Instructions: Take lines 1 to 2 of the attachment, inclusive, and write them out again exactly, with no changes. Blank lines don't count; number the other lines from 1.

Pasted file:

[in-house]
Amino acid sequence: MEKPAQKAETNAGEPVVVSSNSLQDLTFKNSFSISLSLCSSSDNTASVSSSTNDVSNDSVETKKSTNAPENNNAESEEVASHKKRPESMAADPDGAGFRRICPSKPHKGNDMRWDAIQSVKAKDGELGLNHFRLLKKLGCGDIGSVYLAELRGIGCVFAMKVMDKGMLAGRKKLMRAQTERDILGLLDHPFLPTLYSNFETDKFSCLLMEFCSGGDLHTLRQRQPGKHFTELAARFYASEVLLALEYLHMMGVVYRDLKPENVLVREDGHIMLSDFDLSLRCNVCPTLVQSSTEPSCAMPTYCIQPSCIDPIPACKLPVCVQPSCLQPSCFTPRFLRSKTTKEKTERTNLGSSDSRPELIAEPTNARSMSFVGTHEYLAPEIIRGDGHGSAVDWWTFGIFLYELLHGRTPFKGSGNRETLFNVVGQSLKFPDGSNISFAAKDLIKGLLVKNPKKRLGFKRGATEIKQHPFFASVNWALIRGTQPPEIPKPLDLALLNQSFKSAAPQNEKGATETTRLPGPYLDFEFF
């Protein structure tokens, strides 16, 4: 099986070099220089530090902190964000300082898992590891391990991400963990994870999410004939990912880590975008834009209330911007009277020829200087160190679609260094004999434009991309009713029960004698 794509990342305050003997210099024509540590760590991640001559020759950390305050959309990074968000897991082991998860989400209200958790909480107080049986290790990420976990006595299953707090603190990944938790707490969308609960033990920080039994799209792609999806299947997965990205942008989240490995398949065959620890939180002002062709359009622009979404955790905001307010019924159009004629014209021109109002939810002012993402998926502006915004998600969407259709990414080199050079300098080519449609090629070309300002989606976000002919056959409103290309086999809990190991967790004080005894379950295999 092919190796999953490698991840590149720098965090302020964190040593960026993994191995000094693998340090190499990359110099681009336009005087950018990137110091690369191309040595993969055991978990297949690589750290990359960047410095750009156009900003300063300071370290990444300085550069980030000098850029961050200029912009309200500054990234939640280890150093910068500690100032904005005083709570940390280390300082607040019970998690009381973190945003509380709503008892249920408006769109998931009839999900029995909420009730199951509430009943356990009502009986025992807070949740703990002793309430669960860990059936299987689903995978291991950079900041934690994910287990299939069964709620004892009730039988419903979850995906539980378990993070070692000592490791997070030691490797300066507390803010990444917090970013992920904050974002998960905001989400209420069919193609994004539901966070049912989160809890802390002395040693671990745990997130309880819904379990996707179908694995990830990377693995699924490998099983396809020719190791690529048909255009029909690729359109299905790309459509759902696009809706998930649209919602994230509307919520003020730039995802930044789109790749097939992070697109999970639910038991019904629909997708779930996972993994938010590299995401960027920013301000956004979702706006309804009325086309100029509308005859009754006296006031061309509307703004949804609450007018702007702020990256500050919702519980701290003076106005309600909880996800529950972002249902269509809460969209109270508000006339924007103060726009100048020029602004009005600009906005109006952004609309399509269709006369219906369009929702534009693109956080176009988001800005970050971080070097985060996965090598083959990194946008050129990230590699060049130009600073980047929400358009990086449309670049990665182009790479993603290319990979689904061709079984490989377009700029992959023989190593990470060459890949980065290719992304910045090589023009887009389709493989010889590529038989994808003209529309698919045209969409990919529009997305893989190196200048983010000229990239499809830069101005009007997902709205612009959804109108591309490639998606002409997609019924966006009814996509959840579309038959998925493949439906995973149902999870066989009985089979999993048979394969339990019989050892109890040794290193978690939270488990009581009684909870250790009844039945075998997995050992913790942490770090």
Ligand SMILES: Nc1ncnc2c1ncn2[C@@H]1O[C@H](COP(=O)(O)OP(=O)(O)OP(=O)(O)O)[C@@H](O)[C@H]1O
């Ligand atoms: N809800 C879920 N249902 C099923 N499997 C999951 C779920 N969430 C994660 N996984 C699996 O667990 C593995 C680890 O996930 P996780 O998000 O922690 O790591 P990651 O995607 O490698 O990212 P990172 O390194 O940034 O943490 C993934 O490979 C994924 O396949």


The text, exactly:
[in-house]
Amino acid sequence: MEKPAQKAETNAGEPVVVSSNSLQDLTFKNSFSISLSLCSSSDNTASVSSSTNDVSNDSVETKKSTNAPENNNAESEEVASHKKRPESMAADPDGAGFRRICPSKPHKGNDMRWDAIQSVKAKDGELGLNHFRLLKKLGCGDIGSVYLAELRGIGCVFAMKVMDKGMLAGRKKLMRAQTERDILGLLDHPFLPTLYSNFETDKFSCLLMEFCSGGDLHTLRQRQPGKHFTELAARFYASEVLLALEYLHMMGVVYRDLKPENVLVREDGHIMLSDFDLSLRCNVCPTLVQSSTEPSCAMPTYCIQPSCIDPIPACKLPVCVQPSCLQPSCFTPRFLRSKTTKEKTERTNLGSSDSRPELIAEPTNARSMSFVGTHEYLAPEIIRGDGHGSAVDWWTFGIFLYELLHGRTPFKGSGNRETLFNVVGQSLKFPDGSNISFAAKDLIKGLLVKNPKKRLGFKRGATEIKQHPFFASVNWALIRGTQPPEIPKPLDLALLNQSFKSAAPQNEKGATETTRLPGPYLDFEFF